The Origins of Thanksgiving

Thanksgiving_dinner_at_the_house_of_Earle_Landis_8d10757v We all know the story. 400 years ago in one of America’s first colonies, Plymouth, the Thanksgiving tradition began. It started with an unlikely alliance between the Pilgrims of the Mayflower and a Native American Pawtuxet tribe member called Squanto. Without the assistance of Squanto, the Pilgrims may not have survived the winter of 1621. Squanto taught the pilgrims how to survive in the foreign, unforgiving land they settled in -- how to cultivate corn, what plants to avoid, how to extract sap from trees. He also helped them secure an alliance with the nearby Wampanoag tribe -- an alliance that led to what is known as ‘the first Thanksgiving.’ The word ‘Thanksgiving’ is often synonymous with the Pilgrims and their alliance with the Native Americans, but its origins are actually far more ancient than that. Many cultures throughout history, including the Greeks, Romans, Egyptians, and many more, celebrated the success of the autumn harvest. Most of these celebrations included fasts, feasts, and celebrations during which people paid tribute to their gods, or god. Although the tradition of a Thanksgiving style holiday dates back millennia, November of 1621 started a uniquely American version of this tradition. However, the feast of that era is vastly different than what we know today. Among the dishes the Pilgrims and the Wampanoag Native Americans dined on were deer, swans, and even seals.  This feast and celebration also lasted three days to commemorate the success of the autumn harvest and the extremely beneficial alliance with the Wampanoag.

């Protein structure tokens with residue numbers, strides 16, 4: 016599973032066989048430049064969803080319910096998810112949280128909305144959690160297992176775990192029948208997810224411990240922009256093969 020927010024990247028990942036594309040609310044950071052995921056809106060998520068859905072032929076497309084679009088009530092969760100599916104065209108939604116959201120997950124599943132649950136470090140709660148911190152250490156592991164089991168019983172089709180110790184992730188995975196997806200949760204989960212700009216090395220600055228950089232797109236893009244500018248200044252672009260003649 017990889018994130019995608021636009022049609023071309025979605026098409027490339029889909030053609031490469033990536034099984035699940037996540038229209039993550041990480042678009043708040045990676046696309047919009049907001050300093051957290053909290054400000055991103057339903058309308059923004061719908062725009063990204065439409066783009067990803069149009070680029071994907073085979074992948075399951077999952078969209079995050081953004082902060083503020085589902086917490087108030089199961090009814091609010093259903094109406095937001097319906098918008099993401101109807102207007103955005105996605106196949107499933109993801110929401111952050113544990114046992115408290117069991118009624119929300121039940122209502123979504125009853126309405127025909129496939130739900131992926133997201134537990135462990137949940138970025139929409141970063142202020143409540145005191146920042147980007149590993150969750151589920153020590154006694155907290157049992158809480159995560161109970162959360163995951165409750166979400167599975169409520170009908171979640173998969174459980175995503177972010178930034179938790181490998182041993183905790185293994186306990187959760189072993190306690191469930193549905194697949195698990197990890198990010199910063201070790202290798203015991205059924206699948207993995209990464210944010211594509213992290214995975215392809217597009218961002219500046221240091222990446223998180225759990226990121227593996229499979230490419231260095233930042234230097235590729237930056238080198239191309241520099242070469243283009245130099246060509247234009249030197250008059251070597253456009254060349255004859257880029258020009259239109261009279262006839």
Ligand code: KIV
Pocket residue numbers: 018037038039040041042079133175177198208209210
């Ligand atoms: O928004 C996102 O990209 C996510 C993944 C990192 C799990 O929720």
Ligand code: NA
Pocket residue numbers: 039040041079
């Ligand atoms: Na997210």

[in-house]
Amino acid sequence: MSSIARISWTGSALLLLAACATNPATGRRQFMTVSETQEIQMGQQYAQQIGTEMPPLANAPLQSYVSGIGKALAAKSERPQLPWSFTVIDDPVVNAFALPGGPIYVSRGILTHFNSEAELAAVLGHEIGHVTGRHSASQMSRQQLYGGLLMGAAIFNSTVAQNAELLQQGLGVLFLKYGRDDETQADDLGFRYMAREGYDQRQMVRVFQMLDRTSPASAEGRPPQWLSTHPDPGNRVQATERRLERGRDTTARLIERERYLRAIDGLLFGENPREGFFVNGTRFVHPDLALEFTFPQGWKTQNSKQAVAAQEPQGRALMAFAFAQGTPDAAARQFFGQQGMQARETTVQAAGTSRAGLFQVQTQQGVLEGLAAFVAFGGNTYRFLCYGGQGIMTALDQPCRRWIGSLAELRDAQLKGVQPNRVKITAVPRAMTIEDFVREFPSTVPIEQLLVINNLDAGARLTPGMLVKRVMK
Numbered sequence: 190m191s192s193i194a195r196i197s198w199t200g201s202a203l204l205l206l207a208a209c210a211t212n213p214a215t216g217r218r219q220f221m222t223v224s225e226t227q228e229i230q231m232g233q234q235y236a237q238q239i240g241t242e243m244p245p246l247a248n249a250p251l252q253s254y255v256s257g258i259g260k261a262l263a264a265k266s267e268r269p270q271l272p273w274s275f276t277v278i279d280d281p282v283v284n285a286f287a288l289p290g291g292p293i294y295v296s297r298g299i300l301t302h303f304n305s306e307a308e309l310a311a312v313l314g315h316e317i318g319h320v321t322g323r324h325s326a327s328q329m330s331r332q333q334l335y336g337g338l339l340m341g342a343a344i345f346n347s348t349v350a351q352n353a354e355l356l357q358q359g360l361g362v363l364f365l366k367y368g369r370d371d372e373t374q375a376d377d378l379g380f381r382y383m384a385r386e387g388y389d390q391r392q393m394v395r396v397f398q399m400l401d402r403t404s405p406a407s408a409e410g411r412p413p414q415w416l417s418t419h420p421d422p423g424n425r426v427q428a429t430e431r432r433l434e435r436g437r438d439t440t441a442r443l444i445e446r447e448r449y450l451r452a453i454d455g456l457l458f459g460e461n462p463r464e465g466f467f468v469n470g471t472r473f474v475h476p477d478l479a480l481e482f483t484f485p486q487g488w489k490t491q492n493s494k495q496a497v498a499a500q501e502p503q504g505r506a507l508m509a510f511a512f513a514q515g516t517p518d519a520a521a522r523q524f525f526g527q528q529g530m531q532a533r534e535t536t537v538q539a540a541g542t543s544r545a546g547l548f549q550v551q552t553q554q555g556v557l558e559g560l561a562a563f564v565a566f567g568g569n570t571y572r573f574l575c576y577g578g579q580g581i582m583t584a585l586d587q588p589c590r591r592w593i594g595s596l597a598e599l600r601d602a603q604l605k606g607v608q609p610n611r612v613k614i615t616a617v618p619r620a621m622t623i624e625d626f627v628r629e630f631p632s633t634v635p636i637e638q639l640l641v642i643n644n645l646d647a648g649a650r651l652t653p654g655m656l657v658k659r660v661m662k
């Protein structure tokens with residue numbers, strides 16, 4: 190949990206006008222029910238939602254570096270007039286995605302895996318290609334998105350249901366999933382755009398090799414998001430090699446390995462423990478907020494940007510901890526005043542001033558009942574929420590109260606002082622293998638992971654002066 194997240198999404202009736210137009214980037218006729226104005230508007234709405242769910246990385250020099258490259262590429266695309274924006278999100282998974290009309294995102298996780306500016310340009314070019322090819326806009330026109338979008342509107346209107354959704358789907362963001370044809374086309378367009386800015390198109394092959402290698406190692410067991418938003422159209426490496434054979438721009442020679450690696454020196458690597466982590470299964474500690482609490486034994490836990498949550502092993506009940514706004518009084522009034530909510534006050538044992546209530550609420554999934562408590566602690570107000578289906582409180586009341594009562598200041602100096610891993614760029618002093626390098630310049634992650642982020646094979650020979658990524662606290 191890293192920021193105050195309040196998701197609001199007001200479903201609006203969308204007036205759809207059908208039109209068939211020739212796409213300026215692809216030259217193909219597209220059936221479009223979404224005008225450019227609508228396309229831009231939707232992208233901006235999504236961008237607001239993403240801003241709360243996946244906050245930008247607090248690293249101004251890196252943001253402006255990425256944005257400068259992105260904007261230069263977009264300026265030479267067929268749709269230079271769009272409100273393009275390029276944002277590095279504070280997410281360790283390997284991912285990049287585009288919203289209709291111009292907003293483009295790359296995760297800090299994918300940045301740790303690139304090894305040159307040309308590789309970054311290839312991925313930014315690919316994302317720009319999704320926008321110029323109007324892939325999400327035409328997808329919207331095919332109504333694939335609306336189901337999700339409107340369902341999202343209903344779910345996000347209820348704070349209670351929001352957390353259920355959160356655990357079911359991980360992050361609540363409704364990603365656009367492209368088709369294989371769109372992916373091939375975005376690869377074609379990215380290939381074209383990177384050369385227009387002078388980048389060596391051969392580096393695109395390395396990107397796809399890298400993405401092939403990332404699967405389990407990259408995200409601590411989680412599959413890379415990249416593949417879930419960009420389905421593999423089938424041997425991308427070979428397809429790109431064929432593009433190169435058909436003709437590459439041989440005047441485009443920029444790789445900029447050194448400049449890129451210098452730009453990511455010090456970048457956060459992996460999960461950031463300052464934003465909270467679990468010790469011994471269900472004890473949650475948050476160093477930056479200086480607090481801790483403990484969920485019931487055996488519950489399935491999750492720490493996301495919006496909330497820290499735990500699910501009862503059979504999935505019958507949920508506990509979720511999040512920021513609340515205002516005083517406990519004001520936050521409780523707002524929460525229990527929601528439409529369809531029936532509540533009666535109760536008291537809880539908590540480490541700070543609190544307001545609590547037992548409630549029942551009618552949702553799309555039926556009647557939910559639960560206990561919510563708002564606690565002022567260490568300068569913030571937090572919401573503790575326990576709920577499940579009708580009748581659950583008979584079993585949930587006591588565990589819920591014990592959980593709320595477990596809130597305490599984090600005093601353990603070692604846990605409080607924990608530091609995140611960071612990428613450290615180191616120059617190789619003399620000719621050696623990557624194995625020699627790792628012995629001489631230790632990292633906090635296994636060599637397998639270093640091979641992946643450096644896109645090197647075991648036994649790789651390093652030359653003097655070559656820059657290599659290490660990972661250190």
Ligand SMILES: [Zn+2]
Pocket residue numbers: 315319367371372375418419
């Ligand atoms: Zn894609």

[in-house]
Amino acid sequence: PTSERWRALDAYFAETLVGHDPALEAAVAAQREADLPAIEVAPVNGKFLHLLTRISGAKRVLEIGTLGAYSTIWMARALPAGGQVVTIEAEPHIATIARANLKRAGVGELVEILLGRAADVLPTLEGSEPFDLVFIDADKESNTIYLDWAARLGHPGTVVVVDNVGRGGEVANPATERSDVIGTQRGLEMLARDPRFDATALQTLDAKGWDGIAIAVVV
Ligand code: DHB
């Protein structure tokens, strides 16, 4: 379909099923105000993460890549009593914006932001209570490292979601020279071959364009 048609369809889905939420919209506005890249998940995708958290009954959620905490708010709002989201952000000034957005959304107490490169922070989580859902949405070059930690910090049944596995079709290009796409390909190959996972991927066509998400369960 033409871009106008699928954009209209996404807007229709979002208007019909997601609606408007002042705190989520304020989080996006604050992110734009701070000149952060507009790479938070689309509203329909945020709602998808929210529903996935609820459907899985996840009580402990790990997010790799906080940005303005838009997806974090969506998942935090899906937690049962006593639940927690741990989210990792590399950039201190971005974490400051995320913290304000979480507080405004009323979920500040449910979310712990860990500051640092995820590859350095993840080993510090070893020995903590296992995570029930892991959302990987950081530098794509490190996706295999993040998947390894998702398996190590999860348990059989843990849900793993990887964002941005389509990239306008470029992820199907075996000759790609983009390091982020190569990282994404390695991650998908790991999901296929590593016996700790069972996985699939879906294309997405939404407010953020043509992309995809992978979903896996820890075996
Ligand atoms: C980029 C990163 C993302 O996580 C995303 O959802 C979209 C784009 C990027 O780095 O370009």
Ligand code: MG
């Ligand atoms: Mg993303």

The tradition of Thanksgiving continued on its own in America for 200 years before becoming an official holiday. It wasn’t until 1863, under Abraham Lincoln, that it became an official holiday. Lincoln placed Thanksgiving on the last Thursday of November. Thanksgiving has continued to this day as a time for Americans to gather together and feast to celebrate success. However, due to changing times we no longer necessarily think of it as a celebration of a harvest. Most Americans consider it a time to reflect on life and appreciate what they have to be thankful for whilst dining on pies, stuffing, sweet potatoes, and, of course, turkey. In fact, according to the National Turkey Federation, almost 90% of Americans eat turkey on Thanksgiving! So this year, grab a turkey, gather around your loved ones, and celebrate an ancient tradition of appreciation.    

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